As a horror movie fan, I’m more than willing to suspend my disbelief when watching a film. One almost has to in order to be a lover of this genre. But there are times that my disbelief gets suspended so high that it gets acrophobia and claws its own eyes out before falling to a bone crunching death.

That’s happened with Puppet Master II. Parts of it were fun, and you get your share of hilarious early 90s outfits, but come on movie, the humans just got killed too easy by villains that could easily be stomped into submission.

Come on people, die with some self-respect!”




















N-Rating: 2.0
Nick Rich puppeteers:
“The crap kids will watch.
As mentioned, this week's film was screened due to technical difficulties and as I was perusing our options I stumbled across Puppet Master II - a long lost film from my childhood. I have fond memories of watching rad puppets get their comeuppance in awesome ways... which led me to suggest we check this flick out as our pinch-hitter... as I stated: the crap kids watch.

Where to start? First off, as bad as it is seeing a fond memory from your childhood sullied, it was oddly entertaining to see what entertained young Nick back in the day. That being said, I would say this film is strong evidence for parents having a heavy hand in what kind of media they allow their children to consume. By no means am I slandering my parents, as kids will always find a way to get their hands and eyes on things they probably shouldn't, but I can't help but lament the loss of a childhood filled with classic horror movies from the 40s and 50s as opposed to the nonsense of 90s Skinemax fare. Nostalgia alone, not merit, elevated my rating of Puppet Master 2 to the 2.0 mark.


I still dig the idea of intricate little creations that can surprise you with their firepower, and while gimmicky, it is still interesting to see what emerges from the puppets in this film. (Introducing a special new puppet became the gimmick of the franchise with part 2 introducing a flame-throwing puppet - limited use in the story, but just plain awesome!) But as Chris mentioned, it really ceases to be threatening at a certain point. Sure, it's believable that a puppet with a drill for a head can kill a drunk sleeping man (did I really just say that?)... but once the rest of your crew gets past the initial shock and realizes that there are murderous puppets on the loose, there really ceases to be any serious threat.


Of course, you could argue that if there really were murderous puppets people wouldn't take the threat seriously, even after one of their friends got aced. I would be inclined to agree with this point as humans have a history of being be terribly arrogant and a 15 inch foe is indeed less than intimidating. This would have been a good argument if the filmmakers has played this angle more. Instead, after the first puppet-induced death the cast is appropriately scared, but just seems to become conveniently stunned after each initial assault (thereby allowing the puppets to easily dispatch them). I don't know about you, but if I'm being attacked by a tiny demon puppet I'm going to be fairly alert - even if my Achilles tendon is slashed. I know, I know... tough talk for a guy with tendons still intact.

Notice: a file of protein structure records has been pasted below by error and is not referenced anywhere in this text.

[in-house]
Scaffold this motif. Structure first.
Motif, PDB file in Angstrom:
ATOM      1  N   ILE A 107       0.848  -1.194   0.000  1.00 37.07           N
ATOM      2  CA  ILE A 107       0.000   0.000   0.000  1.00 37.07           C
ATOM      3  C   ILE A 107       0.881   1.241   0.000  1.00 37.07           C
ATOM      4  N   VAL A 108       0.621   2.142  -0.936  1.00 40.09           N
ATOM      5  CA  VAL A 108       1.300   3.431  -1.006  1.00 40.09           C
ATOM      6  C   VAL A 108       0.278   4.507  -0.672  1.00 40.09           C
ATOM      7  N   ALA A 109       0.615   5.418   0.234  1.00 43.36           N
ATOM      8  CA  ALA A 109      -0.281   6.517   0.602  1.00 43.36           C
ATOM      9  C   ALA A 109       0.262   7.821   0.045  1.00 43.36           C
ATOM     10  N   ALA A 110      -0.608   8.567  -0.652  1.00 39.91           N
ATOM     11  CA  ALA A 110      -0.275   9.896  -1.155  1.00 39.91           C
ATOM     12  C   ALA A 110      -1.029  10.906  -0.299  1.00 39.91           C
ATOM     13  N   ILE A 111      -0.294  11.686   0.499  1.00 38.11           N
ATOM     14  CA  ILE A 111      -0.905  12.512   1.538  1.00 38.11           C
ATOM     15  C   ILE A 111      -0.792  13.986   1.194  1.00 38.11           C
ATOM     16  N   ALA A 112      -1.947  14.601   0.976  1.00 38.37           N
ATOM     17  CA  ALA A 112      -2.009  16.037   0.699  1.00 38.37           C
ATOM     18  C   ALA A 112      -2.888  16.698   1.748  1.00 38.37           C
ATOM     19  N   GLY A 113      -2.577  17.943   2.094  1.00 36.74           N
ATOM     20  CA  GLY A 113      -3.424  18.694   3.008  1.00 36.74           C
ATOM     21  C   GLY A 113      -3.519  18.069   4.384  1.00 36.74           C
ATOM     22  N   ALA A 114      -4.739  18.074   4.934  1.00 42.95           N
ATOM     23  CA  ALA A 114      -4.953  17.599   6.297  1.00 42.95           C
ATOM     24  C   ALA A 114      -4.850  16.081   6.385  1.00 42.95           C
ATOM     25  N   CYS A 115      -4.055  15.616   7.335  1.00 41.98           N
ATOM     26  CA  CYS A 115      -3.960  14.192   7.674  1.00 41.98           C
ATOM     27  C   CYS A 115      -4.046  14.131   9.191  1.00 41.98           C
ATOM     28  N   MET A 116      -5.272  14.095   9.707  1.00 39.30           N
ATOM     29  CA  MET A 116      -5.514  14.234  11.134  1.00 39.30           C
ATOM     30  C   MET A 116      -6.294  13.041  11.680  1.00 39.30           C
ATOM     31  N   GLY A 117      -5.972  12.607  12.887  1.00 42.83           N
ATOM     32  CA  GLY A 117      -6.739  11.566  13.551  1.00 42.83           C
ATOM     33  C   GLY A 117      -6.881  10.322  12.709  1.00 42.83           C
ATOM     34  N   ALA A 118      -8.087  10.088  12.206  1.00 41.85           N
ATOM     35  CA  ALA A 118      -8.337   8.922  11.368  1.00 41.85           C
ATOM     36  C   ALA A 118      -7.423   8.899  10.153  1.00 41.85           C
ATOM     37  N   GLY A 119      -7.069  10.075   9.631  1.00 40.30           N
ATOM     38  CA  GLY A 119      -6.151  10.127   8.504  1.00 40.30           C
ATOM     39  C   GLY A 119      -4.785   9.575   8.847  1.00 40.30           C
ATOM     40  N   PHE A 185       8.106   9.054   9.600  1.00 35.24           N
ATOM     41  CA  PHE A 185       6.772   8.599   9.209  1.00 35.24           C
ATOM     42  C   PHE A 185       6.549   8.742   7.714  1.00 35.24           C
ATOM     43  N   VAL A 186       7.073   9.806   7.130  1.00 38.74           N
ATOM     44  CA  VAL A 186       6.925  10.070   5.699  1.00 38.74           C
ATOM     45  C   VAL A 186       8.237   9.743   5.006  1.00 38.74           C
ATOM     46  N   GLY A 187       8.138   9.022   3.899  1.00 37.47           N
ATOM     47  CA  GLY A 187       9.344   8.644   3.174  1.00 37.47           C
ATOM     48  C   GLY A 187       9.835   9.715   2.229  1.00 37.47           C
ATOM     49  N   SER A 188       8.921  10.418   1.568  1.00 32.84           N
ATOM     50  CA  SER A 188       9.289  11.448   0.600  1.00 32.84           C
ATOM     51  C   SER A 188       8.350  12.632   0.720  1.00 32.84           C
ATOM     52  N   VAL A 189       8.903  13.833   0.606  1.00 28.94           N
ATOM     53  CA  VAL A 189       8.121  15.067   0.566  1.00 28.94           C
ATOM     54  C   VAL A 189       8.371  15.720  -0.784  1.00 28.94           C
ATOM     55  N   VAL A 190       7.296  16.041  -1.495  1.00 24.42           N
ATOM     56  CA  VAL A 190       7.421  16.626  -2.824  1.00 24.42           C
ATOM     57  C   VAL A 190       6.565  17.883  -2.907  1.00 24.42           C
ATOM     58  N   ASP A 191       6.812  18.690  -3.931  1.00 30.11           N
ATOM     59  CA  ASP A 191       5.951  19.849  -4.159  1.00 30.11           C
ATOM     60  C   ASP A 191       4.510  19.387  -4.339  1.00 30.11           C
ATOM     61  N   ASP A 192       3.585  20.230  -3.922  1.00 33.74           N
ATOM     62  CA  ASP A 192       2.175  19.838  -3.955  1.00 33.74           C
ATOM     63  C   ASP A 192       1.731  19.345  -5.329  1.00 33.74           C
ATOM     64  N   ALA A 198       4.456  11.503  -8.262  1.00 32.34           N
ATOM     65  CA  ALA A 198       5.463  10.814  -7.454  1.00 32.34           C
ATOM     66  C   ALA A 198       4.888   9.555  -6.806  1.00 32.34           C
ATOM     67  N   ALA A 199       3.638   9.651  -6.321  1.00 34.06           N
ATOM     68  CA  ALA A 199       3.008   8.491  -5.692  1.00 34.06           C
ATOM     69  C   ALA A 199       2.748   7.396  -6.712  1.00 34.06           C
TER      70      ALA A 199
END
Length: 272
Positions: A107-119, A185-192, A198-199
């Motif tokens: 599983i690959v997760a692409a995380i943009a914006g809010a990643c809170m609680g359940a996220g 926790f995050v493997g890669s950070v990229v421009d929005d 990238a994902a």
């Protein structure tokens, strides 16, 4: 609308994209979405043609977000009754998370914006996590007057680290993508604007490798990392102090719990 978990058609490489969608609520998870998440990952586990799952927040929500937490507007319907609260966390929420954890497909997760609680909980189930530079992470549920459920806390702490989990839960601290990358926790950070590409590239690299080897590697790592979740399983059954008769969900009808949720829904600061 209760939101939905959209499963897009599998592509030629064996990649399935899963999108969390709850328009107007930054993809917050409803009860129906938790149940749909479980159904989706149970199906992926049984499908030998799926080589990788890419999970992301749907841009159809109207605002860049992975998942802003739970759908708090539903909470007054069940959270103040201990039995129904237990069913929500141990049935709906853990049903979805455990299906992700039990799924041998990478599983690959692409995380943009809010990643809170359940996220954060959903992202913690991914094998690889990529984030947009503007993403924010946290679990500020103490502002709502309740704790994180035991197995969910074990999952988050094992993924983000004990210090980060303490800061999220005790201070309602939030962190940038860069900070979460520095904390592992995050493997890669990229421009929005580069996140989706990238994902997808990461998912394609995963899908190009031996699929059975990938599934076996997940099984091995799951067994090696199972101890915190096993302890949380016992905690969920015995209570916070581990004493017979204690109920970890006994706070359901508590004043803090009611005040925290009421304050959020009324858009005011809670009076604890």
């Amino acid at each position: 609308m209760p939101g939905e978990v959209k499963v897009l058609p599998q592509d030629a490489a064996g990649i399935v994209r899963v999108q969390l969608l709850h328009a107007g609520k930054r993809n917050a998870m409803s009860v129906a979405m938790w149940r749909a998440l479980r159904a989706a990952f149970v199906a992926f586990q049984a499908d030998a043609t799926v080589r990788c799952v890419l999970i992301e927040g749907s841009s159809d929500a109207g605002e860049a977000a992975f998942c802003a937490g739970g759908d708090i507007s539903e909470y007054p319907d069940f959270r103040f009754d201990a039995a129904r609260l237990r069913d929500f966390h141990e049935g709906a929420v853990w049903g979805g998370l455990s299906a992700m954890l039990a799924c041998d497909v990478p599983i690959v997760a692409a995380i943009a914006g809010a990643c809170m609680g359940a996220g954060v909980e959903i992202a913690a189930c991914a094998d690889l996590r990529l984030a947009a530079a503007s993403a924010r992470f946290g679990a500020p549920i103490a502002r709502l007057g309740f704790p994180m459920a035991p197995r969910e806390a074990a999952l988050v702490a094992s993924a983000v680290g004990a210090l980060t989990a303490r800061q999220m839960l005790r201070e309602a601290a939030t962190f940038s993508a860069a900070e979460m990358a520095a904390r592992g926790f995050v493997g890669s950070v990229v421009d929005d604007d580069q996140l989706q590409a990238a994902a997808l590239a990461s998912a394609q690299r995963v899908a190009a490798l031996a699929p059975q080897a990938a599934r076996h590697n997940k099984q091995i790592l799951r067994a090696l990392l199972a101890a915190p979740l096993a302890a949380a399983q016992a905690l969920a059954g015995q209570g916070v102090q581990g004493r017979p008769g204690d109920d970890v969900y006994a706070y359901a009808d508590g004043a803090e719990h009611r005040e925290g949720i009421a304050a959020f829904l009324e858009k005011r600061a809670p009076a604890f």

Add to this ultra-unrealistic situation a Darkman wannabe with a German accent and you have a hokey-hoedown. One that is entertaining to watch at times, but lacks any real cinematic value.

The Skinny: Check this flick out if you ever wanted to be a puppeteer and are still lamenting the loss of your dream... or if you literally have nothing else to do - no wait! Check out some classic films if you find yourself in that situation.”



Things We Learned from Puppet Master II:
-People hated wearing belts in the late 80s, early 90s.
-But they loved tucking in their shirt.
-The FBI has a Paranormal Division.
-Don’t ask country folk “Are there any Satanists in the area?”
-The taint of every particle of that hotel has absorbed the fury of horrible death.
-Melted frontal lobe and black magic can bring puppets to life.
-Most women bring skimpy lingerie on work trips.
-The cross of prophecy is a heavy burden.
-11 p.m. is late for investigators.
-Think of the children when employing evil arts.
-Kids love to torture things.
-Nothing like drinking red wine in bed:
























Quote of the Viewing:
[Investigator Carolyn begins to fall for the hired psychic’s son, Michael. While discussing the Puppet Master, Carolyn gets upset and Michael embraces her.]

Michael: “Just let go, Carolyn, let go!”
Nick: “Go where?”
Chris: “Into Michael's sweet, sweet arms.”



















Special Note:
When Life Gives You Lemons…
Puppet Master II was not originally scheduled for this week’s viewing. Upon longing onto Netflix to watch 1946’s Valley of the Zombies, Nick and I were horrified to find the Netflix website shut down for technical difficulties.